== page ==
After Irma, Jacksonville Residents Seek Refuge From Powerless Homes

Sep 11, 2017

 

With millions in Florida without power after Hurricane Irma, many Jacksonville residents have flocked to the few open restaurants to soak up the air conditioning and get a hot meal.

 


 

 

Kaika Teppanyaki Asian Fusion was accepting cash only Monday when it opened around 4 p.m. for the after-Irma crowd as wind still gusted outside.

 

Customer Brianna Peek said she drove in from the Southside after seeing so many pictures of Riverside’s flooding on social media.

 

“It was crazy,” Peek said. “I’ve lived here for 20 years, and I’ve never seen the river like that. It’s kind of scary.”

 

The worst-in-a-century flooding made streets blocks from the river completely impassable,  submerged cars up to their windshields and sent rescue boats to comb the neighborhood for those stranded.

 

Rescue boats comb Riverside's streets at the corner of Riverside Avenue and Copeland Street Monday.
Credit Lindsey Kilbride / WJCT News

 

Peek said back at her Southside home, she had just a few trees down — nothing major — but she’s been without power since 3 a.m. Monday.

 

JEA has been warning customers that outages could last weeks.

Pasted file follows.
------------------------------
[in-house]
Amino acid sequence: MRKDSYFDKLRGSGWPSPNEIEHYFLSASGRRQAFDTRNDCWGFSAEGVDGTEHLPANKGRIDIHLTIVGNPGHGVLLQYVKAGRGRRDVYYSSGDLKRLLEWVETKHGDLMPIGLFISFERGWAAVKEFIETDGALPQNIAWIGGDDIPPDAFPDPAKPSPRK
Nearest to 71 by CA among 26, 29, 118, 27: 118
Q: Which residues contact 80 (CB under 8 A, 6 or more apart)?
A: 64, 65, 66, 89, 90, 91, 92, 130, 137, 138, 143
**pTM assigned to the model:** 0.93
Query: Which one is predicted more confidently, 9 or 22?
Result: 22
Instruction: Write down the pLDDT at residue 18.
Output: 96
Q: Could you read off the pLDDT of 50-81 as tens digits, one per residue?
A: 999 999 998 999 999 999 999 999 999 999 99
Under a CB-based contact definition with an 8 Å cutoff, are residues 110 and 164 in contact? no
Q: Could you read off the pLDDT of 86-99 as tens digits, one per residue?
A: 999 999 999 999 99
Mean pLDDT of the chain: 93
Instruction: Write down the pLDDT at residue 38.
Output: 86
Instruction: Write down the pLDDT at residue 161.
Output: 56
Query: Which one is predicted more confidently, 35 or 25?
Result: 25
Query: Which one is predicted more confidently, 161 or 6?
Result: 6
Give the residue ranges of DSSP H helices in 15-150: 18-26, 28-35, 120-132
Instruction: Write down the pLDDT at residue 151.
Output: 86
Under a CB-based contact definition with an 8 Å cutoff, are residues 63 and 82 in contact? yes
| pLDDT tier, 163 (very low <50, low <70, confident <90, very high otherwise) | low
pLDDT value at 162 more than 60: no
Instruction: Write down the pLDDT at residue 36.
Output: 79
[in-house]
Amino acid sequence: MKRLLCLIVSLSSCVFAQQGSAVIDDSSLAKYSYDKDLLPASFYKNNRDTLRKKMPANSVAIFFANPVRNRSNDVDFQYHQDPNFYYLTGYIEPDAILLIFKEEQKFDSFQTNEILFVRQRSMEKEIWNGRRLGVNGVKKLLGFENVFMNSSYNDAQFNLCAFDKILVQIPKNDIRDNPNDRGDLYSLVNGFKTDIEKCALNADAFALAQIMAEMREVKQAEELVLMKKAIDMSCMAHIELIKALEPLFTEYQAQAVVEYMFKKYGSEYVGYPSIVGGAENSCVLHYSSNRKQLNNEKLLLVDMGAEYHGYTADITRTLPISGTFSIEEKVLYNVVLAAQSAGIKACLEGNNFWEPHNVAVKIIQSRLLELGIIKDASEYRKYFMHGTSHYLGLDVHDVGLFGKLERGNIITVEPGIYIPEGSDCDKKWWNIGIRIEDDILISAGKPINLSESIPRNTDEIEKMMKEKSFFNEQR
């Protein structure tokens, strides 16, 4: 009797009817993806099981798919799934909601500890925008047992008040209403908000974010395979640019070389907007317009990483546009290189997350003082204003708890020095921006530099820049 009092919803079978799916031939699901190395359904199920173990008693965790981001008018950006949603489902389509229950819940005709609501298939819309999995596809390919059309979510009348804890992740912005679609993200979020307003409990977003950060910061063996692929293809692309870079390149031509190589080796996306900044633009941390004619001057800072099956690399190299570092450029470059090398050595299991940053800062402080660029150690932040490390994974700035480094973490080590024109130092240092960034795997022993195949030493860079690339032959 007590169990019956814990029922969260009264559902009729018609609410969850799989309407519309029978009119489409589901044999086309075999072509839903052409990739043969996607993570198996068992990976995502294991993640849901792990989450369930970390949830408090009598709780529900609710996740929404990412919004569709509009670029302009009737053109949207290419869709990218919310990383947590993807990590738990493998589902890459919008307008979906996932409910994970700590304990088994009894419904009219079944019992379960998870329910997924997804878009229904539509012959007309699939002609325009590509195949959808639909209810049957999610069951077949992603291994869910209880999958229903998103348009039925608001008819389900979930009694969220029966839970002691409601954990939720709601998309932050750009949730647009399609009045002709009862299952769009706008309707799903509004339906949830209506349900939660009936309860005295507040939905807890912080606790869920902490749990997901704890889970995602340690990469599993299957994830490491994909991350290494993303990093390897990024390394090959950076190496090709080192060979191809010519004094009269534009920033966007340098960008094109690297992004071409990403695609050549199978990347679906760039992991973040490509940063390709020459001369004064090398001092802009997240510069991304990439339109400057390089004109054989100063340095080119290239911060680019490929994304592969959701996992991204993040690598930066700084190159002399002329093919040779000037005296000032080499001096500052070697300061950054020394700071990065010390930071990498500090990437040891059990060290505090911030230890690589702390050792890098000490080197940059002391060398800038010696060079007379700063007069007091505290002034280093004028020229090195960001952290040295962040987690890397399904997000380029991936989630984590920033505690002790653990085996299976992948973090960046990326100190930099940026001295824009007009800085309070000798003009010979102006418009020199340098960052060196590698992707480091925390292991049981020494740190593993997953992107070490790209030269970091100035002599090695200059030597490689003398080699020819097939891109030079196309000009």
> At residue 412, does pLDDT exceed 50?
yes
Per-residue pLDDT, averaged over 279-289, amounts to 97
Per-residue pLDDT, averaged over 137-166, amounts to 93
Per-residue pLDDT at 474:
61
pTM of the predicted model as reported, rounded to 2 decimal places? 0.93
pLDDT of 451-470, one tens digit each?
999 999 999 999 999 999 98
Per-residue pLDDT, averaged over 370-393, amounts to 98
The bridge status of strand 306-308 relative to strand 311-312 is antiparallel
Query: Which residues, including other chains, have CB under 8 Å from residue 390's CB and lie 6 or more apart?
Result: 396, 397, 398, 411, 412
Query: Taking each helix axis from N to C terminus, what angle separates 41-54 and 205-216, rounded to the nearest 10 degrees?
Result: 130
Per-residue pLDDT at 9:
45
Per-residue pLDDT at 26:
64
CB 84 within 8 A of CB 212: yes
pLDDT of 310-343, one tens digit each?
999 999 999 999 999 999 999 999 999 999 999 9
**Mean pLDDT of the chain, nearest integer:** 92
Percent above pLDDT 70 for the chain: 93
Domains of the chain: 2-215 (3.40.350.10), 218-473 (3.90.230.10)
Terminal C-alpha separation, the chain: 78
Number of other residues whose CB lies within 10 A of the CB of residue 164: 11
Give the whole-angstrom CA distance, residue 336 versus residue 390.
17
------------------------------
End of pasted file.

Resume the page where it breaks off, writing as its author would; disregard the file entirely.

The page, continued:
“We’ve got some water, but not for over a week, so hopefully within the next few days we’ll get some power back on,” she said.

 

A few tables over from Peek sat Lauren Lodato, whose house also lost power. As of Monday at 9:30 p.m., just fewer than 200,000 JEA customers were in the dark.

 

Lodato said she’s taking the disruption as an opportunity to head to Disney Tuesday. She said that’s what she did the day after Hurricane Matthew too.

 

“There (were) no lines and beautiful weather,” she said. “It was really empty. We ended up getting a breakfast reservation at Be Our Guest at like 9 o’clock the night before because people started canceling all their reservations, so we ended up having a really great day.”

 

Not everyone fared so well in Hurricane Irma, though. Inland flooding from storm surge left hundreds stranded and in need of boat rescue Monday across Northeast Florida.

 

In Clay County, flooded parts of Black Creek are expected to crest Tuesday.

 

Lindsey Kilbride can be reached at lkilbride@wjct.org, 904-358-6359 or on Twitter at @lindskilbride.